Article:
26 March, 2020 Open access
26 March, 2020 Open access
However, new law does not prevent landlords from serving a notice of intention to possess, nor does it end a tenant's liability for rental payments
The Coronavirus Act 2020 has set a minimum three month notice period for eviction for statutory tenants in the private and social rented sectors.
The protection from eviction measures - set out in section 81 and schedule 29 of the emergency legislation that received Royal Assent yesterday - delay when landlords are able to evict tenants. This is enabled either by extending the notice period that a landlord is required to serve on a tenant to at least three months or, in some cases, creating a three months’ notice requirement where a requirement to give notice does not currently exist. However, the explanatory notes accompanying the Coronavirus Bill highlight that the legislation does not prevent a landlord from serving a notice of intention to possess, nor does it end a tenant’s liability for rental payments.
NB - the measures apply to all landlords who have granted tenancies governed by the Rent Act 1977 and the Housing Acts 1985, 1988 and 1996 - this covers all statutory tenants in the private and social rented sectors but does not include common law tenancies or licenses (other than secure licenses). The provisions cover England and Wales but Scotland and Northern Ireland have differing tenancy systems which are a devolved competence.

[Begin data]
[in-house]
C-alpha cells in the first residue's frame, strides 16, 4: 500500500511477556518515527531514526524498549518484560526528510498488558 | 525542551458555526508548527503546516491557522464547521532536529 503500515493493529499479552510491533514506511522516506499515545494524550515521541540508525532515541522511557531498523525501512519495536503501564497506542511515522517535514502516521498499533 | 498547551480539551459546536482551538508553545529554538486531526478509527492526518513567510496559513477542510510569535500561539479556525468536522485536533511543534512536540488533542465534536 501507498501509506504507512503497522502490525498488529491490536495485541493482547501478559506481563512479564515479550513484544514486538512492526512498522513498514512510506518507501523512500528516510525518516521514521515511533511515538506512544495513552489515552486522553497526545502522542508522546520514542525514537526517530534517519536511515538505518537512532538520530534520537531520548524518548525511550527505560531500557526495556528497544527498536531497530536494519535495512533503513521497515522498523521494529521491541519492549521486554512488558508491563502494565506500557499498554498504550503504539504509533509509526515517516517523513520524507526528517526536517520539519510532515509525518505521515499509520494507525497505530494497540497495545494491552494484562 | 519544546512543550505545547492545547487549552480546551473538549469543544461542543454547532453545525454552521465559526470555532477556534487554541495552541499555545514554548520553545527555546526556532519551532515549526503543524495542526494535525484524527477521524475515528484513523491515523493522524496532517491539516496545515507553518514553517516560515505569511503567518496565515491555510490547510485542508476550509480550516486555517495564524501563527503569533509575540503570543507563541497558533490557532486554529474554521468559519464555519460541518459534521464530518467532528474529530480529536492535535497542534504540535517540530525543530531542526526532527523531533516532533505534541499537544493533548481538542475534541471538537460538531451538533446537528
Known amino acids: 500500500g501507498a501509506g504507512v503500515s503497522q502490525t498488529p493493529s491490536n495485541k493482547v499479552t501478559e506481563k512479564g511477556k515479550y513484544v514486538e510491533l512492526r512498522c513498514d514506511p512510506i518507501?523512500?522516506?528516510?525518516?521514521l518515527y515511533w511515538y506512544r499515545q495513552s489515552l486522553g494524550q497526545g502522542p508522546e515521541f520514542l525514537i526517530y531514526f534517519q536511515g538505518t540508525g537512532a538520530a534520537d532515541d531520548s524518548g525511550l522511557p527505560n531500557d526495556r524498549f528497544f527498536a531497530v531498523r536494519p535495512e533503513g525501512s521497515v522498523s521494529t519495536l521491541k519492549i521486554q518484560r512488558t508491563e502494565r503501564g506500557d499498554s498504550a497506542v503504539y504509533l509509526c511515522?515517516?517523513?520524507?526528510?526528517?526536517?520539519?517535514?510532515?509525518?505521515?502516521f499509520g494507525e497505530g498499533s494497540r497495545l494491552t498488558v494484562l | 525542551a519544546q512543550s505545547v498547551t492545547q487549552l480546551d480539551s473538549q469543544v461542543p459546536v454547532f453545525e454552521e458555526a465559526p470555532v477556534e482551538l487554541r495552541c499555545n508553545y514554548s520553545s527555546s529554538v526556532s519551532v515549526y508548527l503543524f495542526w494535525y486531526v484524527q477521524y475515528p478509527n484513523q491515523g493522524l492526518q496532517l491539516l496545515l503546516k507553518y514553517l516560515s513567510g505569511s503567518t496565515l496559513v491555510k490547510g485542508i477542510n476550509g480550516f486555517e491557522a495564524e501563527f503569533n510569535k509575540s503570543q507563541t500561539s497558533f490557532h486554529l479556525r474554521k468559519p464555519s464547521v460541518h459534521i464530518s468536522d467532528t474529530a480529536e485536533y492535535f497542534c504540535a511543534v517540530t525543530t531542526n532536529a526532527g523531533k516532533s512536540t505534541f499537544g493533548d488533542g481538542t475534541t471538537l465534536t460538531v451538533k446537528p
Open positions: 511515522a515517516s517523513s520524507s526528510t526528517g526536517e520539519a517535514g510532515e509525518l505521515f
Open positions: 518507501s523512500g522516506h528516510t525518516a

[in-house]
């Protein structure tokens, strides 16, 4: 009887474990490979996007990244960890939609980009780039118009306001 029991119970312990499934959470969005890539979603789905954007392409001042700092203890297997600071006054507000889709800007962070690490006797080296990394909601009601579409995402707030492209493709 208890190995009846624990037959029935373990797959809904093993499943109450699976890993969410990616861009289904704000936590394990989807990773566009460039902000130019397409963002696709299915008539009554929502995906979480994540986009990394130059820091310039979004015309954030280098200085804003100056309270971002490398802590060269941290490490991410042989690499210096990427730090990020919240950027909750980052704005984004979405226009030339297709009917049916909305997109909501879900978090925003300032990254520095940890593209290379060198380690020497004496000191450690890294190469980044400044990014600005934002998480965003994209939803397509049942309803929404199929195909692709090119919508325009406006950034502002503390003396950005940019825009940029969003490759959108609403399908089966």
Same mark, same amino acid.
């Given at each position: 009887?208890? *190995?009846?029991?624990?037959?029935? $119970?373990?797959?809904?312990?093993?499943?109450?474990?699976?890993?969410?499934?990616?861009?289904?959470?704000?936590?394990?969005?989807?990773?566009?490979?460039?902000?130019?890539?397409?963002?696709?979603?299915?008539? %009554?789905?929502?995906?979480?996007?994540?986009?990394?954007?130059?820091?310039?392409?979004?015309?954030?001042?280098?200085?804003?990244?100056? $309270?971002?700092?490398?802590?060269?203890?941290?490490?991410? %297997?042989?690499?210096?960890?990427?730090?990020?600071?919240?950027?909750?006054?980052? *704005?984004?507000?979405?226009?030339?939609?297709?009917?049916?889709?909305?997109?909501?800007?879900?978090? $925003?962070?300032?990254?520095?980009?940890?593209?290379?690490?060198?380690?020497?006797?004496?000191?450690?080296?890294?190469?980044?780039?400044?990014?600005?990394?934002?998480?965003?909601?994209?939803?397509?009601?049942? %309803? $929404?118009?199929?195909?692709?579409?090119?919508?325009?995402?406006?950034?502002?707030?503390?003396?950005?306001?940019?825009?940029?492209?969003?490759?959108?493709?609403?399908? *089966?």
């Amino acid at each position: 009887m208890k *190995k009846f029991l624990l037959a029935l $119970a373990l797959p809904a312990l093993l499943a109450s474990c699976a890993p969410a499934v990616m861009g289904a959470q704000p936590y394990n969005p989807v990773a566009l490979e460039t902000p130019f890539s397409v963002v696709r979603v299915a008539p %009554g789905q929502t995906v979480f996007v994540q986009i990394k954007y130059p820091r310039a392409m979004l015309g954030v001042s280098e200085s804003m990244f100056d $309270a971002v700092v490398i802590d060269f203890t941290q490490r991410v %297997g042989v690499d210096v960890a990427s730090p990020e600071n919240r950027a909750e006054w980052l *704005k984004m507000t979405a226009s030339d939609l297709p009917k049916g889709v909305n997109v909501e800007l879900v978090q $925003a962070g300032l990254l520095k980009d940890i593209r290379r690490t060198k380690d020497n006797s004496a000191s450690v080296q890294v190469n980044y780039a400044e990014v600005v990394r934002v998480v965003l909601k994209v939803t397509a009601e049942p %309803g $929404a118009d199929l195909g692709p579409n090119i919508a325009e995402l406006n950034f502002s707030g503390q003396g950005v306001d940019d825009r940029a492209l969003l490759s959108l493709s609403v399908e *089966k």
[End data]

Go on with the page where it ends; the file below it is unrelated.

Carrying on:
The explanatory notes also advise that the provisions apply for a specified period of time, from the date of Royal Assent to 30 September 2020. However, they allow the Secretary of State to change the date on which they end, or to extend the three month notice period to a maximum of six months.
Coronavirus Act 2020 is available from legislation.gov.uk
Stop press: the government has announced tonight that, in addition to landlords needing to give people three months’ notice if they intend to seek possession -
'From tomorrow (27 March 2020) following a decision by the Master of the Rolls with the Lord Chancellors agreement the court service will suspend all ongoing housing possession action – this means that neither cases currently in the or any about to go in the system can progress to the stage where someone could be evicted. This suspension of housing possessions action will initially last for 90 days, but this can be extended if needed. This measure will protect all private and social renters, as well as those with mortgages and those with licenses covered by the Protection from Eviction Act 1977. This will apply to both England and Wales.'
NB - the Scottish Government has already confirmed that it will introduce emergency legislation to ensure that there are no evictions as a result of coronavirus (COVID-19).